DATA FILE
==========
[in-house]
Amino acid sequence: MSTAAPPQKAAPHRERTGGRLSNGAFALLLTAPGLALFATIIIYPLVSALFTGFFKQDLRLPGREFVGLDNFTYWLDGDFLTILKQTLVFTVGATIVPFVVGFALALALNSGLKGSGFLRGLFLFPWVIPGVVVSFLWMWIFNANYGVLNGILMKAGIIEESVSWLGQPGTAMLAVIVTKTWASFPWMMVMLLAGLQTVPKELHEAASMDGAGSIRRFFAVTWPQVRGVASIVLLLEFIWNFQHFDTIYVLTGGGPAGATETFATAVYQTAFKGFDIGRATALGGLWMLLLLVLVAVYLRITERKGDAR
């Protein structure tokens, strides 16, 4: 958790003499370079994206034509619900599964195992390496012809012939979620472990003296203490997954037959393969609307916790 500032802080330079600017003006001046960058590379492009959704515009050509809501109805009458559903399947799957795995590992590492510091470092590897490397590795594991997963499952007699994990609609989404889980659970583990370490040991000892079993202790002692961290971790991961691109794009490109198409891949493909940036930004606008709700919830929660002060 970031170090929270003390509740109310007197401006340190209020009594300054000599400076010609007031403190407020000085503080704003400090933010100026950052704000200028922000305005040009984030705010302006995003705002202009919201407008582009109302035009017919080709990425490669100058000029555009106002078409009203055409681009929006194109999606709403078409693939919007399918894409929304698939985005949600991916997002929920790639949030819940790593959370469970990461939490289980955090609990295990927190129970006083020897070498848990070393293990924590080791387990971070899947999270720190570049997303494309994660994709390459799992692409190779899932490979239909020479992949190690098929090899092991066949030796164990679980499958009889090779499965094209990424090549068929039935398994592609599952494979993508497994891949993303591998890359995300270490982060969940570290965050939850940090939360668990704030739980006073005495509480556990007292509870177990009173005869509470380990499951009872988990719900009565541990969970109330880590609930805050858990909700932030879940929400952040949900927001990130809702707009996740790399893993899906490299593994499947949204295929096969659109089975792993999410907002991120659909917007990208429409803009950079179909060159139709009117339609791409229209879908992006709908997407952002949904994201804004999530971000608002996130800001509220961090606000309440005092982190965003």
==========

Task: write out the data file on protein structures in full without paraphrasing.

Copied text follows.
[in-house]
Amino acid sequence: MSTAAPPQKAAPHRERTGGRLSNGAFALLLTAPGLALFATIIIYPLVSALFTGFFKQDLRLPGREFVGLDNFTYWLDGDFLTILKQTLVFTVGATIVPFVVGFALALALNSGLKGSGFLRGLFLFPWVIPGVVVSFLWMWIFNANYGVLNGILMKAGIIEESVSWLGQPGTAMLAVIVTKTWASFPWMMVMLLAGLQTVPKELHEAASMDGAGSIRRFFAVTWPQVRGVASIVLLLEFIWNFQHFDTIYVLTGGGPAGATETFATAVYQTAFKGFDIGRATALGGLWMLLLLVLVAVYLRITERKGDAR
């Protein structure tokens, strides 16, 4: 958790003499370079994206034509619900599964195992390496012809012939979620472990003296203490997954037959393969609307916790 500032802080330079600017003006001046960058590379492009959704515009050509809501109805009458559903399947799957795995590992590492510091470092590897490397590795594991997963499952007699994990609609989404889980659970583990370490040991000892079993202790002692961290971790991961691109794009490109198409891949493909940036930004606008709700919830929660002060 970031170090929270003390509740109310007197401006340190209020009594300054000599400076010609007031403190407020000085503080704003400090933010100026950052704000200028922000305005040009984030705010302006995003705002202009919201407008582009109302035009017919080709990425490669100058000029555009106002078409009203055409681009929006194109999606709403078409693939919007399918894409929304698939985005949600991916997002929920790639949030819940790593959370469970990461939490289980955090609990295990927190129970006083020897070498848990070393293990924590080791387990971070899947999270720190570049997303494309994660994709390459799992692409190779899932490979239909020479992949190690098929090899092991066949030796164990679980499958009889090779499965094209990424090549068929039935398994592609599952494979993508497994891949993303591998890359995300270490982060969940570290965050939850940090939360668990704030739980006073005495509480556990007292509870177990009173005869509470380990499951009872988990719900009565541990969970109330880590609930805050858990909700932030879940929400952040949900927001990130809702707009996740790399893993899906490299593994499947949204295929096969659109089975792993999410907002991120659909917007990208429409803009950079179909060159139709009117339609791409229209879908992006709908997407952002949904994201804004999530971000608002996130800001509220961090606000309440005092982190965003």